American lawmakers have introduced legislation that opens the door to lawsuits against France's state-owned rail company (SNCF) over its role in shipping Jews to their deaths during the Holocaust, the French news aganecy AFP reports.
"Nothing will ever make up for the atrocities undertaken by Nazi Germany and its collaborators -- but every bit of justice is important," said Democratic Congresswoman Carolyn Maloney, one of the bill's lead sponsors. "This bill allows some measure of justice and closure for those who have suffered."
The bill comes as a bipartisan response to SNCFs position that it is immune to legal action under the Foreign Sovereign Immunities Act, its authors said last Thursday. The companny has formally expressed remose over the deportation of 75,000 French Jews to German death-camps, but it abdicated responsibility for its complicity, saying they were forced by the Nazi occupied Vichy regime to comply.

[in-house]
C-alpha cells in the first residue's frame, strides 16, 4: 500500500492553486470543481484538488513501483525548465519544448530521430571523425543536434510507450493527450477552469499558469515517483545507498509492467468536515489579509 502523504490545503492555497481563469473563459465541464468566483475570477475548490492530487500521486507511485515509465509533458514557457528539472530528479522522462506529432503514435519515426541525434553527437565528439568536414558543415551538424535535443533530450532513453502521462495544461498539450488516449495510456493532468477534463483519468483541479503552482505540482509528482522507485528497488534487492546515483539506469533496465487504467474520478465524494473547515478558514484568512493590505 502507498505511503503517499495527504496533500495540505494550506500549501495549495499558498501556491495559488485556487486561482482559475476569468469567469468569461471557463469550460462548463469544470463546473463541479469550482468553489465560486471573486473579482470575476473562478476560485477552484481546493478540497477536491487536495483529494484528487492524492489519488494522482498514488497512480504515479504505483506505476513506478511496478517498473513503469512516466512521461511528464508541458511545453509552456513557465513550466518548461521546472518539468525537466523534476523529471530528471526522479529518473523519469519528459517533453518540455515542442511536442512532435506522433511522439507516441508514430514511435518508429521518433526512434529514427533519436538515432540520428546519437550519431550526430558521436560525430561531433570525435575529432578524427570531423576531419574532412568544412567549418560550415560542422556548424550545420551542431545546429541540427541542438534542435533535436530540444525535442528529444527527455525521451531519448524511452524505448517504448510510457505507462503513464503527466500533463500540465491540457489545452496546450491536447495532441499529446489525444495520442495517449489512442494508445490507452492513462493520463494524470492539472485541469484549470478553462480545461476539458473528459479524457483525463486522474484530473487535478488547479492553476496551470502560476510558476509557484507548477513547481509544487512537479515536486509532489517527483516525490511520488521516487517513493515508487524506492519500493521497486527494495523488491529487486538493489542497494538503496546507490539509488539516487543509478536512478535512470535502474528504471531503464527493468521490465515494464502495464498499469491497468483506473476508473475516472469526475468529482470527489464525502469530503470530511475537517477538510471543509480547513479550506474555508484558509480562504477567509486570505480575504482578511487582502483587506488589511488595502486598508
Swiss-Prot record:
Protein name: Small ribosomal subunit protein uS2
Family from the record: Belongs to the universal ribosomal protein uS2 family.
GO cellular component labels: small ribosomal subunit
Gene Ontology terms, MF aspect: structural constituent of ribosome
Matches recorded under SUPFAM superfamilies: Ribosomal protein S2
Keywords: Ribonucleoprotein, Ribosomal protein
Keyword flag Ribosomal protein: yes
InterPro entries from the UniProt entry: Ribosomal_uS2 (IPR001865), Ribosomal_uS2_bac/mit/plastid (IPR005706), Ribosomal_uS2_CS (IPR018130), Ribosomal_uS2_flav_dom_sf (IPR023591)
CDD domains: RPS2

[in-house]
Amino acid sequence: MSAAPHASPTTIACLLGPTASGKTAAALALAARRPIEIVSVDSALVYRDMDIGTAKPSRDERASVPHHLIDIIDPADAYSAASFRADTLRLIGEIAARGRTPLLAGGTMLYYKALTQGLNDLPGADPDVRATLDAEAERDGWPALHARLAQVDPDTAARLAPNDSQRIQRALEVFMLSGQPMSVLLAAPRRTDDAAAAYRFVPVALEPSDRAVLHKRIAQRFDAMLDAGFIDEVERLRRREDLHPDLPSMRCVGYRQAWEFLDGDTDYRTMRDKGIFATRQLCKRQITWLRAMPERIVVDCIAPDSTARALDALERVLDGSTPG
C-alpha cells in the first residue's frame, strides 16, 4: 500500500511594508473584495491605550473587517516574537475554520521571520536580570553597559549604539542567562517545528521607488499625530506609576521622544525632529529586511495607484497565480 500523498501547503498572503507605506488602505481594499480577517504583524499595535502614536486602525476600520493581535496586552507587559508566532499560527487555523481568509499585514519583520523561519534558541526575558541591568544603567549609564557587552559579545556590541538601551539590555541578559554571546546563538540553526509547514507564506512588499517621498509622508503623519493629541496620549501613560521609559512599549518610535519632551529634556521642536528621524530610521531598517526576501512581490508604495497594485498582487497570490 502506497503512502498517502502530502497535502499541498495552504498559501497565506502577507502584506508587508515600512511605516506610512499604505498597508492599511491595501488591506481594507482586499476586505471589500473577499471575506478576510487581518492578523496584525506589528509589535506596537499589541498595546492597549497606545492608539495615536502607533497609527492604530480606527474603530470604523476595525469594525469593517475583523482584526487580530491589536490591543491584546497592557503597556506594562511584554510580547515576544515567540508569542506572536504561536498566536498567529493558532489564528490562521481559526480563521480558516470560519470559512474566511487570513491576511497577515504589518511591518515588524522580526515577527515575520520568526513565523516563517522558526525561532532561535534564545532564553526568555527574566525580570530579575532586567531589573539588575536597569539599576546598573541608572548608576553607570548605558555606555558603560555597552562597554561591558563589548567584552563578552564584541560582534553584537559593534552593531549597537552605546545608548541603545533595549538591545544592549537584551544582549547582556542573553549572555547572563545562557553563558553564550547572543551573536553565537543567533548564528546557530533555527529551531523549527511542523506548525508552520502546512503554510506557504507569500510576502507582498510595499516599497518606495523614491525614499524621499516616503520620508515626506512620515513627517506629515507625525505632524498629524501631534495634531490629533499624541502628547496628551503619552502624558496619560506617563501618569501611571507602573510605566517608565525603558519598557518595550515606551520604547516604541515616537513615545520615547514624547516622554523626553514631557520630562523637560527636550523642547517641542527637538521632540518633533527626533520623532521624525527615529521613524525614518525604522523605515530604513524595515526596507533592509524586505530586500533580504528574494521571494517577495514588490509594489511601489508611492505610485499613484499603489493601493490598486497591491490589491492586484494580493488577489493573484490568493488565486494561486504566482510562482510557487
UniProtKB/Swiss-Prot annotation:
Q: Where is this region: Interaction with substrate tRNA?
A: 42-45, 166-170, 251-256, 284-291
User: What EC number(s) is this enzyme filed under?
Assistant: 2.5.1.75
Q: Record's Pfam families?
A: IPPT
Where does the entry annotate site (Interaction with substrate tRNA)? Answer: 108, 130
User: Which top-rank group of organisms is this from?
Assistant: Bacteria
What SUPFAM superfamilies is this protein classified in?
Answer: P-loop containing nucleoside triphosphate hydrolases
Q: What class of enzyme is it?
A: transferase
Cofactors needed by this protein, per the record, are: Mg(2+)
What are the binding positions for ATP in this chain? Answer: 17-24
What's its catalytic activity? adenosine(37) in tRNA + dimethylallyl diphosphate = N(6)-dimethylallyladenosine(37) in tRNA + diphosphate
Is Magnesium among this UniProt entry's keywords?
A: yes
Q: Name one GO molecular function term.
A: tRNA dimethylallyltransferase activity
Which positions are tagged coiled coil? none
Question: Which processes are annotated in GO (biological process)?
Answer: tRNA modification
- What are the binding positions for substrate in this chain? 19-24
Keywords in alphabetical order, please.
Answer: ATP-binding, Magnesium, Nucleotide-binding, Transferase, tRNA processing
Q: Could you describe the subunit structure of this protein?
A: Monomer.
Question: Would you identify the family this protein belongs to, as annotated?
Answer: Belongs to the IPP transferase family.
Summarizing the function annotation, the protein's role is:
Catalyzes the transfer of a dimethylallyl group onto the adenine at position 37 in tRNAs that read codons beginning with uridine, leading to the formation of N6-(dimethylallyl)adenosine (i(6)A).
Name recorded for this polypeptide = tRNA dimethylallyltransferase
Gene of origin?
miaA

The bill comes at a time when SNCF is bidding on a $2.6-billion rail project linking the Florida cities of Orlando and Florida, which is a part of President Obama's multi-billion dollar initiative to improve rail service in the United States. The bill, currently in the House of Representatives, would have to be ratified by the Senate and signed by Obama, to become law.
In California last year, where the SNCF is also pursuing large rail contracts, lawmakers tried to pass a law obliging bidders to disclose involvement in wartime deportations. It was vetoed by then-Governor Arnold Schwarzenegger.